described in Fed . R. Civ. P. 26(a)(2)(B) who may be used at trial to present evidence under Rules 702, 703 or 706 of the Federal Rules of Evidence. Pursuant to Fed . K. Civ. P. 26(a)(2)(A), Digital Envoy discloses that Rob Freedman and Sanjay Parekh may be used at trial to present evidence under Rules 702, 703 or 706 of the Federal Rules of Evidence but are not persons who are described in Rule 26(a)(2)(B) . As to both categories of persons, Digital Envoy anticipates that additional persons will be identified and disclosed. Digital Envoy will supplement this disclosure as provided by Rule .

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EXHIBIT / ATTACHMENT

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ATTACHMENT C Document List 1. The Agreement, as defined in the Complaint, with amendments .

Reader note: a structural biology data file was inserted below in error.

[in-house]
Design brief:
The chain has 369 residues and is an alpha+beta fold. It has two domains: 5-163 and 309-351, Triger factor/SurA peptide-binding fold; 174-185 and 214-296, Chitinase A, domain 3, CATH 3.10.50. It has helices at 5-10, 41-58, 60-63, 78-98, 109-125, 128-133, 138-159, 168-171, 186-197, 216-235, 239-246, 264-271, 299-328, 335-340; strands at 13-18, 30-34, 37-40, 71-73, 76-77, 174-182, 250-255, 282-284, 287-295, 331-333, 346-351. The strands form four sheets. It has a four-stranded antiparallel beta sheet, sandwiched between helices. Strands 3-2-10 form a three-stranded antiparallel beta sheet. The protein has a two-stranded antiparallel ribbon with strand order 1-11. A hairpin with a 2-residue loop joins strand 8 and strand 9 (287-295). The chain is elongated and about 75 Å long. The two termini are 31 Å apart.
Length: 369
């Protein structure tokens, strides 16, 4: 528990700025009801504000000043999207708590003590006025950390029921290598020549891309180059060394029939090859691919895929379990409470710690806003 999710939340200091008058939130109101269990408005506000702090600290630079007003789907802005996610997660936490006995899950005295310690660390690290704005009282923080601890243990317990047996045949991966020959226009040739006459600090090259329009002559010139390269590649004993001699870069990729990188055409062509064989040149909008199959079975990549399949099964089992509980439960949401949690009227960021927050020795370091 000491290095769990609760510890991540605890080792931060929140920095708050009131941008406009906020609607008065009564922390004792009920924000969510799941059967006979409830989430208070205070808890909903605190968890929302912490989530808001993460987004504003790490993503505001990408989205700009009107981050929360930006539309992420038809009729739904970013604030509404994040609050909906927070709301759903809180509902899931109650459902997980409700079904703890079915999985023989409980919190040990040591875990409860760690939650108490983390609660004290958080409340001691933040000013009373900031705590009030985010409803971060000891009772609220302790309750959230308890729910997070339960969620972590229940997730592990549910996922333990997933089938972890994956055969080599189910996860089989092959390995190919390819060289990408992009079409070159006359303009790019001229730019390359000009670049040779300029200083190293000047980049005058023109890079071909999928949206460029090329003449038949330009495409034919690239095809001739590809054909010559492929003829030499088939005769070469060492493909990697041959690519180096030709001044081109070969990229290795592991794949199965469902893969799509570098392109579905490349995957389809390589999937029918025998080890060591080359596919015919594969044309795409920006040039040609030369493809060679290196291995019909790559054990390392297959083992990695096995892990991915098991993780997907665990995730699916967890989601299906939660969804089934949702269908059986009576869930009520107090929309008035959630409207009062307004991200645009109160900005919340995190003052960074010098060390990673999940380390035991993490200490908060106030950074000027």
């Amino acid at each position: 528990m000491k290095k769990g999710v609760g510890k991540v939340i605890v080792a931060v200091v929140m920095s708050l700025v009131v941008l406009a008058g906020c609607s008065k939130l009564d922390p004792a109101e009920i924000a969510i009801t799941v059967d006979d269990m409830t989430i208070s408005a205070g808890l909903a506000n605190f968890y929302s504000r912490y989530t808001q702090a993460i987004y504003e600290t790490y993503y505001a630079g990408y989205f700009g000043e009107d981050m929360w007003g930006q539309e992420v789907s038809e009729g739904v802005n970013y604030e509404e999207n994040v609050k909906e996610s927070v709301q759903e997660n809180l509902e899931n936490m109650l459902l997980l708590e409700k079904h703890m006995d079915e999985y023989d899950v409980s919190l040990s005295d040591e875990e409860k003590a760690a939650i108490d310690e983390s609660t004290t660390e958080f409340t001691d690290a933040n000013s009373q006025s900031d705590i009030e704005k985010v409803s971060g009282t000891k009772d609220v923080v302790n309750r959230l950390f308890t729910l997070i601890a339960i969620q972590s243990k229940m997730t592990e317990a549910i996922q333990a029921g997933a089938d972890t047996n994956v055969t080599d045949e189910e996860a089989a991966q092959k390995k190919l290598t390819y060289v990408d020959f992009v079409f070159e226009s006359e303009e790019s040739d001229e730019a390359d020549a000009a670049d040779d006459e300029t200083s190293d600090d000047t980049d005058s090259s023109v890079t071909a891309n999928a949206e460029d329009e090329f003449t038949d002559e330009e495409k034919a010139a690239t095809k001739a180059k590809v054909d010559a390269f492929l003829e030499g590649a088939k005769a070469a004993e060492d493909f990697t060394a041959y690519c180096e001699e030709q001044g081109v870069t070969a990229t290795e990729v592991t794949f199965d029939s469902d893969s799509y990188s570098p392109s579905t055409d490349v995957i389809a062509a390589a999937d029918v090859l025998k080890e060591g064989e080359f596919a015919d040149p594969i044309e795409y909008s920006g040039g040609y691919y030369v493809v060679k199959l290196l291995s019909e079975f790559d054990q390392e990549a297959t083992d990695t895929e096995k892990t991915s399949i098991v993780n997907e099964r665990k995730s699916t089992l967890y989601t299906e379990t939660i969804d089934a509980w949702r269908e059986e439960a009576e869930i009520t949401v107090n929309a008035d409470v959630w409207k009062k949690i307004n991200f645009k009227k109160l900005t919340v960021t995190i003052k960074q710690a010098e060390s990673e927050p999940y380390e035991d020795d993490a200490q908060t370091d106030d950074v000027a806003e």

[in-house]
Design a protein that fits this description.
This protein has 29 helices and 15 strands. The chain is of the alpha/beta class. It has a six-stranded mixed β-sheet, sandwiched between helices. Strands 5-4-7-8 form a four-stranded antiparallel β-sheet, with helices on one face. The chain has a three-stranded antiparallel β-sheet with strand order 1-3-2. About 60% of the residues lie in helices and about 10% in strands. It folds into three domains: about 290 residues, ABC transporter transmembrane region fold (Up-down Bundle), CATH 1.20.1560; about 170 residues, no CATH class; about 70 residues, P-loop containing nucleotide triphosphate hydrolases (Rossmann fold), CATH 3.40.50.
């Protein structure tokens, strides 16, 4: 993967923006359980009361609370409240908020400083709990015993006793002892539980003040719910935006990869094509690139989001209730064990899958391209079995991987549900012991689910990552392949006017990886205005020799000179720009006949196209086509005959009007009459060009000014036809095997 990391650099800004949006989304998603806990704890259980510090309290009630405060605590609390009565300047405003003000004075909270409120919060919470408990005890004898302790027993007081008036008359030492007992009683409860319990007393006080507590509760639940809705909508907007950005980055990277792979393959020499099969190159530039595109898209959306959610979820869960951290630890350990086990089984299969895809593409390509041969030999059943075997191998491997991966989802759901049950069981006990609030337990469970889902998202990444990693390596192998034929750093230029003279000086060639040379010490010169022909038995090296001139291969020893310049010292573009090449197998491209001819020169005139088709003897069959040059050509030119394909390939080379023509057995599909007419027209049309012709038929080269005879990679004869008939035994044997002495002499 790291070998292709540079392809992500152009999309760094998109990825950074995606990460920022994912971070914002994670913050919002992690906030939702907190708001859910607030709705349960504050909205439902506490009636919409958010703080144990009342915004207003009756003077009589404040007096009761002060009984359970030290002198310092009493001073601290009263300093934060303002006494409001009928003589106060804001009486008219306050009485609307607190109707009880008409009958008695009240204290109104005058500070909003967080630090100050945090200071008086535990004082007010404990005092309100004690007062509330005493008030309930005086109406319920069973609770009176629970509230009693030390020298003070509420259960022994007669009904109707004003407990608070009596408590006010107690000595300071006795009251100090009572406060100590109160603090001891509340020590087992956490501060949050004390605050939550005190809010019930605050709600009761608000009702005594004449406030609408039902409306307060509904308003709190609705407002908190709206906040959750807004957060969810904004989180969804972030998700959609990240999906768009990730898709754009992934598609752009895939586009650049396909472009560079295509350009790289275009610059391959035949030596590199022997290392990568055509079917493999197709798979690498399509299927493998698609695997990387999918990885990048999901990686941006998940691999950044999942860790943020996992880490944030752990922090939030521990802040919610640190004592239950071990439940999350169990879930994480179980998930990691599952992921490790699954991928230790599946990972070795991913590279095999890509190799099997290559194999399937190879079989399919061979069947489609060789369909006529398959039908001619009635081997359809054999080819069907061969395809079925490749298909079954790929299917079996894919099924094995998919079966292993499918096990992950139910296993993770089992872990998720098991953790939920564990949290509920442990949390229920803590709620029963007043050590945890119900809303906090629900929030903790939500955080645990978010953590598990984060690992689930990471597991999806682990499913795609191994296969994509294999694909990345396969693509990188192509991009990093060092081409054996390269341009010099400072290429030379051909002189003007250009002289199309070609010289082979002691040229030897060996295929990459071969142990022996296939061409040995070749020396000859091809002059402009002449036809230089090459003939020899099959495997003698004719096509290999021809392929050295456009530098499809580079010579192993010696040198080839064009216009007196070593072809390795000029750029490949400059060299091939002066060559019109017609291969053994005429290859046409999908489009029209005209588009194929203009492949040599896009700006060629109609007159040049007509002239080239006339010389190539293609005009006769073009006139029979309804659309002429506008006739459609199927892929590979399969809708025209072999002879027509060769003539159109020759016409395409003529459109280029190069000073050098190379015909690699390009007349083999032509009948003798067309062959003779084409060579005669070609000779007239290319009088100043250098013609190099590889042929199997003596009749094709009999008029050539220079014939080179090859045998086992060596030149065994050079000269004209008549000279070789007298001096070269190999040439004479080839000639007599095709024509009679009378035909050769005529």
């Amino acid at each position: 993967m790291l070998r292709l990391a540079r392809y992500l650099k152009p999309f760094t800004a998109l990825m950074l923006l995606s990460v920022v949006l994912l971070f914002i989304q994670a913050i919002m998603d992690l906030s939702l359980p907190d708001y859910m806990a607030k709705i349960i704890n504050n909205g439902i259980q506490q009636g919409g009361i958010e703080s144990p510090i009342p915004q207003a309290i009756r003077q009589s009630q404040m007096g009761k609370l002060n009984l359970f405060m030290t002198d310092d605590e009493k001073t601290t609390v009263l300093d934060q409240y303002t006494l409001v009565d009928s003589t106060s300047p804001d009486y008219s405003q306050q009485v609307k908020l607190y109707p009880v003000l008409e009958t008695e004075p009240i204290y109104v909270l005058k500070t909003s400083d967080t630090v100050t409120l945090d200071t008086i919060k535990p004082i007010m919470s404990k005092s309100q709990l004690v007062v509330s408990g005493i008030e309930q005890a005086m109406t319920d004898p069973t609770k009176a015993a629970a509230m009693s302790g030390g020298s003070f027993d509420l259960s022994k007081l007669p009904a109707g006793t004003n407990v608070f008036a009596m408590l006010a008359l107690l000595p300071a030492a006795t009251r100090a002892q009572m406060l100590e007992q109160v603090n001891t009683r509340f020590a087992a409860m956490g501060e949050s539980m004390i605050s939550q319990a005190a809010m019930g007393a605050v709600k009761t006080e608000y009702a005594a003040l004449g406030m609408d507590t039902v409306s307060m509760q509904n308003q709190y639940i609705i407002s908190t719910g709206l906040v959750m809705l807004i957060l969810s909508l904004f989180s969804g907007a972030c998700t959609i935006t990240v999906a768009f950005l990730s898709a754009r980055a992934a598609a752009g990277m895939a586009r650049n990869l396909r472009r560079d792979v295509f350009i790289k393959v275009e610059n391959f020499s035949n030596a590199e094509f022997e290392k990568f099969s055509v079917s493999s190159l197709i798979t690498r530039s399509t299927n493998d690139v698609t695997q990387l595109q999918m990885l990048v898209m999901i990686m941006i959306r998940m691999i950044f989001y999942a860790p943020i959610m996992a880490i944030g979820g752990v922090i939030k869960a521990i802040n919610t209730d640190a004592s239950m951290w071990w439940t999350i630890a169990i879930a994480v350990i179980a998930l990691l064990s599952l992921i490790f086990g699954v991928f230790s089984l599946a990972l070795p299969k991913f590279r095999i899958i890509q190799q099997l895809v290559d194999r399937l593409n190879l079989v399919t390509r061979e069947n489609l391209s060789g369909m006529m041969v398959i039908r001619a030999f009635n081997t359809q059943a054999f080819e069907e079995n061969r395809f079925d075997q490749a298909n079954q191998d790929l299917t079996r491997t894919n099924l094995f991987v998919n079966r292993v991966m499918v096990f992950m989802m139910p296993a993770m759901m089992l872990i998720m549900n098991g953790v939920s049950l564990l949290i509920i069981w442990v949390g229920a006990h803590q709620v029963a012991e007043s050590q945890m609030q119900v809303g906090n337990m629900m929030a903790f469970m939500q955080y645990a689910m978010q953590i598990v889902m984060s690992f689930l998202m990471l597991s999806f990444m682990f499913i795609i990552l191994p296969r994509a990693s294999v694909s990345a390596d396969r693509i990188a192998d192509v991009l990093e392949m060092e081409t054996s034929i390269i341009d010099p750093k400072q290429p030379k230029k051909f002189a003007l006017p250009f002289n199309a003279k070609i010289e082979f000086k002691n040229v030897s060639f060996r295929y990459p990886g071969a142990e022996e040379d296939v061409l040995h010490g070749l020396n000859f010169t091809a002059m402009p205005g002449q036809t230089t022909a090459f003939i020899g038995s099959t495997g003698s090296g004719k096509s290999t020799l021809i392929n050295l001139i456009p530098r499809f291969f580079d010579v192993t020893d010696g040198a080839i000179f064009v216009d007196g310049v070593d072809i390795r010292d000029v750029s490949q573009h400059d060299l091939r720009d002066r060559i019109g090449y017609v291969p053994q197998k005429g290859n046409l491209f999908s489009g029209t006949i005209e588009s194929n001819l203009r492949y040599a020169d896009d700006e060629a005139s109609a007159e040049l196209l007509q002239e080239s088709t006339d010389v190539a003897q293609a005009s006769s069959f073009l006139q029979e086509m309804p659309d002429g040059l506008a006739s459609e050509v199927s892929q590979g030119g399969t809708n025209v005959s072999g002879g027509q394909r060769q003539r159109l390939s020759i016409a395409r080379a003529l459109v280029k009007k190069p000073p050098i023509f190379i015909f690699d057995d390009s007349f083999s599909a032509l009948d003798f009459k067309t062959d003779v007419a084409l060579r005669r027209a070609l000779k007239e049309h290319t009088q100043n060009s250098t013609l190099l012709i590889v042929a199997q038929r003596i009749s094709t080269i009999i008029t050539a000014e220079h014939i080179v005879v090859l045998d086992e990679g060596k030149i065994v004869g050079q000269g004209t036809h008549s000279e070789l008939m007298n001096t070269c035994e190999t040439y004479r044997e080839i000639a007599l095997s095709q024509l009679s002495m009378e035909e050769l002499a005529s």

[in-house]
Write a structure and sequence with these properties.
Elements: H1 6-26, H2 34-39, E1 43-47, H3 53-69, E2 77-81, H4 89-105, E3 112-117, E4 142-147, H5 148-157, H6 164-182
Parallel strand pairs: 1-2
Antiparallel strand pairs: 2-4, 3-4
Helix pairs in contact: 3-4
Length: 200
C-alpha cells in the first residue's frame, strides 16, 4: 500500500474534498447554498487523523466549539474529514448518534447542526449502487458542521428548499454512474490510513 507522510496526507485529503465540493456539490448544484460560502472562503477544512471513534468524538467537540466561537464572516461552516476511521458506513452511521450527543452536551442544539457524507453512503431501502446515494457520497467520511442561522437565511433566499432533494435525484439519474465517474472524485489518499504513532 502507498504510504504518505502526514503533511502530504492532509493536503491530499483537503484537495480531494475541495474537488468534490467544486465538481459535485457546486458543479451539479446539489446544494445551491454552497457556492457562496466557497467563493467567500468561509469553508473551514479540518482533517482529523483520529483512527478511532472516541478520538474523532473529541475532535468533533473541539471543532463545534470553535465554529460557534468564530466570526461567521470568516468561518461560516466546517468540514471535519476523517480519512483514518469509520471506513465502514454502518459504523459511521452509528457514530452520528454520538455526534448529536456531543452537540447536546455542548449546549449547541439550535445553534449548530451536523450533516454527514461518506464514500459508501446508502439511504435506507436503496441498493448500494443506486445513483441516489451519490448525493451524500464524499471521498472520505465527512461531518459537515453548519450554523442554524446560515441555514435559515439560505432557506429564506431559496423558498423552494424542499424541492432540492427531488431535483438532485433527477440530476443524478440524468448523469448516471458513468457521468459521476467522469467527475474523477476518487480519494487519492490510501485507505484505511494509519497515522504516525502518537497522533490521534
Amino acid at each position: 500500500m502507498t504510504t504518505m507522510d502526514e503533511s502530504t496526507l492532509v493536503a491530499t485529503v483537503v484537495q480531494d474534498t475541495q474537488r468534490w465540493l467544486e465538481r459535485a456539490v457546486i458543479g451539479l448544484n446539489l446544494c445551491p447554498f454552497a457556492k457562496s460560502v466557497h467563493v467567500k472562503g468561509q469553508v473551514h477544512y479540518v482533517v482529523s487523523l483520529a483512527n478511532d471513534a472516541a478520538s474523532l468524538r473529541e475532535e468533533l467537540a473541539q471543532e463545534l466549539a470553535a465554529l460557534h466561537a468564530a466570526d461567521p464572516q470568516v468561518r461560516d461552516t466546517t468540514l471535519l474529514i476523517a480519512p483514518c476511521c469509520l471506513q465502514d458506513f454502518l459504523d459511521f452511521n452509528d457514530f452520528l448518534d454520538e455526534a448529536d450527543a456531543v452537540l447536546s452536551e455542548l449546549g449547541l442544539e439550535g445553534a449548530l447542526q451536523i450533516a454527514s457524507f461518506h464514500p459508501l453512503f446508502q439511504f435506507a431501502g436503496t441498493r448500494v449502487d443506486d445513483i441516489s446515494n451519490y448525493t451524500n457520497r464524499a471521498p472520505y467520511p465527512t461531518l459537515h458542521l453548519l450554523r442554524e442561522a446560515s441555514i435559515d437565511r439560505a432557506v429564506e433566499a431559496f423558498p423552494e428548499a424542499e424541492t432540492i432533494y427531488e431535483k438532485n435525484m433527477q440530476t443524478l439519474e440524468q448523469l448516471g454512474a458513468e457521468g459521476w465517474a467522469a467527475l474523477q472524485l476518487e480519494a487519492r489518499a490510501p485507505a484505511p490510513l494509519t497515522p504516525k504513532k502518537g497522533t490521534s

2. Documents reflecting communications between the parties leading up to execution of the Agreement. 3. Other agreements between the parties, including communications pertaining thereto. 4. Documents reflecting communications between the parties regarding performance under the Agreement . 5. Documents reflecting performance under the Agreement.

6. Collected information on Google's business activities from public sources. 7. 8. Digital Envoy web site information . Google web site information.

9. Documents reflecting Digital Envoy's licensing of third parties for targeted advertising on their content web sites. 10 . Documents reflecting Digital Envoy's licensing of advertising networks for targeted advertising on a partial revenue share basis. All categories of documents in Digital Envoy's possession, custody or control are located either at Digital Envoy's office in Norcross, Georgia or at Digital Envoy's counsel's office in Atlanta, Georgia .

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EXHIBIT / ATTACHMENT D